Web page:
St Albans junior school’s Indian exchange

PUBLISHED: 11:58 01 November 2010

Teachers from Cunningham Hill Junior School went to a school in India and their teachers also visited St Albans

Teachers from Cunningham Hill Junior School went to a school in India and their teachers also visited St Albans

Archant

AN EDUCATIONAL exchange between a school in St Albans and another in India has allowed children and teachers to learn about the cultural differences first-hand.

Cunningham Hill Junior set up the global school partnership with Sevalaya School in Tamil Nadu, South India, which allowed teachers from both schools to visit their partner school and share information about their culture.

Headteacher, Richard Dawson, and teacher, Kathryn Shaw, from Cunningham Hill, spent a week in August visiting Sevalaya and gave talks, taught lessons to the children and continued with projects that the two schools had been working on by letter and email for over a year.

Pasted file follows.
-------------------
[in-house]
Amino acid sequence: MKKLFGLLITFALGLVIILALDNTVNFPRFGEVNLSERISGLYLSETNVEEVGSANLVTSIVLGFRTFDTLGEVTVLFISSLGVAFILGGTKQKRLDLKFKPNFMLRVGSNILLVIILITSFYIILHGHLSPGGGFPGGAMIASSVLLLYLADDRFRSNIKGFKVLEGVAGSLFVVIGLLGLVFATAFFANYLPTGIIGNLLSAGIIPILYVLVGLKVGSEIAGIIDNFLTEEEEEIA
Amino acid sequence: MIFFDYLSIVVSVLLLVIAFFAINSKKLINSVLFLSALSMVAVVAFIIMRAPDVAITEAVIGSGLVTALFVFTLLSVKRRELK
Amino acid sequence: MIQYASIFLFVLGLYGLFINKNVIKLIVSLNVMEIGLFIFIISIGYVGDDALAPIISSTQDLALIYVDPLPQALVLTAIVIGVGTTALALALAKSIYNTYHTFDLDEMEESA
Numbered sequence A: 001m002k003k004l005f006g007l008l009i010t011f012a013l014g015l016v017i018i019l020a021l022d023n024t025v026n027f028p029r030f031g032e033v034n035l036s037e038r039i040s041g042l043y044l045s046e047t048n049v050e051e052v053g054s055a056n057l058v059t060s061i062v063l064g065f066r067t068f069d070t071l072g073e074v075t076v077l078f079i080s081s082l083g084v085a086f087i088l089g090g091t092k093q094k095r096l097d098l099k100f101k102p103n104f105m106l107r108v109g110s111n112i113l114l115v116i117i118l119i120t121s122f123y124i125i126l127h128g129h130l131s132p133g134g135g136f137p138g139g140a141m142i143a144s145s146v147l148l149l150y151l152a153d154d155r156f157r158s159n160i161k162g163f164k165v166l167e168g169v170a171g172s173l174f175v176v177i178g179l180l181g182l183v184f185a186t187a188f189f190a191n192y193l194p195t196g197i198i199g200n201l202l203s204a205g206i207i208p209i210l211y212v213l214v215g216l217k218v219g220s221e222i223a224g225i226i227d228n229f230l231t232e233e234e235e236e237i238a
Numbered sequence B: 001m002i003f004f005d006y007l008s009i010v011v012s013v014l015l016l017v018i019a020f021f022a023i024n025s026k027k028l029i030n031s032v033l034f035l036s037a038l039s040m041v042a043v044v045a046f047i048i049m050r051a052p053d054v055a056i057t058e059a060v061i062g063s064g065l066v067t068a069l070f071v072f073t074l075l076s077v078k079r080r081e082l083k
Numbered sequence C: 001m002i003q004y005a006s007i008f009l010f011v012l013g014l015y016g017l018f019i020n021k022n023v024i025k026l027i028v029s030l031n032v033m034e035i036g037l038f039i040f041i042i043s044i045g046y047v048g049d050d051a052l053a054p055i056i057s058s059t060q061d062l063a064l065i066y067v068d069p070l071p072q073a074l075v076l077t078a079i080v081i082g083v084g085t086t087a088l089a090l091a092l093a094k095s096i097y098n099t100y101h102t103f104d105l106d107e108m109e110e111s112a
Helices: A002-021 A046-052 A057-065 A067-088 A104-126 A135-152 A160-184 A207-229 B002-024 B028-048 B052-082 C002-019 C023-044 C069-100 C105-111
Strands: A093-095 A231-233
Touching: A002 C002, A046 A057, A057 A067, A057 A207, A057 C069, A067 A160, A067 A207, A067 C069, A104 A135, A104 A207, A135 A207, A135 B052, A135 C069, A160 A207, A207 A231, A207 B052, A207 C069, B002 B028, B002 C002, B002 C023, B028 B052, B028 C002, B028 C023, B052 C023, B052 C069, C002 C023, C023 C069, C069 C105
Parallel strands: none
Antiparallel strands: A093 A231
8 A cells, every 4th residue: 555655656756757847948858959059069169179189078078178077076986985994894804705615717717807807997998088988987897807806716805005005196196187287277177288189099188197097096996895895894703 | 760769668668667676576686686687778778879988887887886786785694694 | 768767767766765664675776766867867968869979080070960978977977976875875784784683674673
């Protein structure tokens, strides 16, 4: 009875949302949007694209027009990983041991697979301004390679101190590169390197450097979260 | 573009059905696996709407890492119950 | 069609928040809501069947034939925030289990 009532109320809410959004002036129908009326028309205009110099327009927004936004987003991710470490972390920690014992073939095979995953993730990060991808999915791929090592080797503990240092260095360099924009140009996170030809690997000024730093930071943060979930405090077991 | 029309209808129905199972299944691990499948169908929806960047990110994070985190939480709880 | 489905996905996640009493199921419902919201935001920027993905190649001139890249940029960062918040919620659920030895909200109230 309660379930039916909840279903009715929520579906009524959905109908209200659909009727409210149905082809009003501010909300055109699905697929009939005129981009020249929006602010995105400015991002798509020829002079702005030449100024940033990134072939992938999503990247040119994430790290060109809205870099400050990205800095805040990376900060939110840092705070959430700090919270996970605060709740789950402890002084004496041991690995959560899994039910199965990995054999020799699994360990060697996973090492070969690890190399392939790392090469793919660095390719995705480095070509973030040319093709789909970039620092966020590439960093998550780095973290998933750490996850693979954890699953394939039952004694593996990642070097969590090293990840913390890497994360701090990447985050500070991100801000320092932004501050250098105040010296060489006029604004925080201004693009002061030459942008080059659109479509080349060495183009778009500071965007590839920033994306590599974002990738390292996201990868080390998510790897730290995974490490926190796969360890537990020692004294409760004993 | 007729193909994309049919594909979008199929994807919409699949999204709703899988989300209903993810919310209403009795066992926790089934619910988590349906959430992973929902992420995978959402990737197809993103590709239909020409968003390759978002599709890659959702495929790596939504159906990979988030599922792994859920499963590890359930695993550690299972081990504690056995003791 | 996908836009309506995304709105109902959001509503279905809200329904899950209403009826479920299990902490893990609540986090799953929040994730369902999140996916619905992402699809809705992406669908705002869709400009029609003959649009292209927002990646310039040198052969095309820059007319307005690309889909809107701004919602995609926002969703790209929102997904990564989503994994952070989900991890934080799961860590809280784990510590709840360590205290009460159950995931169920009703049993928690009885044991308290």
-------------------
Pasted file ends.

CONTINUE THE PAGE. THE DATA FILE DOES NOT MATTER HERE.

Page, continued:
Ms Shaw said: “The study of India is part of our curriculum so a link with Sevalaya is particulary relevant. We had a fabulous experience in India but found it rather hot. Unfortunately, our visitors are finding it rather cold and wet here.”

The long-term collaboration between the schools gives the children a better understanding of another culture and pupils have looked at areas such as the environment, sustainability, global warming and festivals as part of the project. The teachers’ visits were funded by a British Council grant.

Last week, Annapooma Swamy, the deputy head of Sevalaya School, and teacher Mr A. A. Kingston, visited Cunningham Hill and taught pupils there all about Indian life.

Mrs Swamy said: “The objectives of our visit are to develop the skills of staff to better deliver the global curriculum, broaden visions, establish better contact between the schools through direct contact and further develop joint curriculum projects.”

Sevalaya School has 1,500 children aged five-17, as well as a care-home for the elderly and a cow sanctuary. It was founded 22 years ago in an area where there was no school for the children to go to. The school is also home to 160 pupils who have no parents.

Headteacher of Cunningham Hill, Justine Elbourne-Cload, said: “This is a fantastic opportunity for both schools and we are looking forward to further exchange visits, possibly involving the children, next year.”


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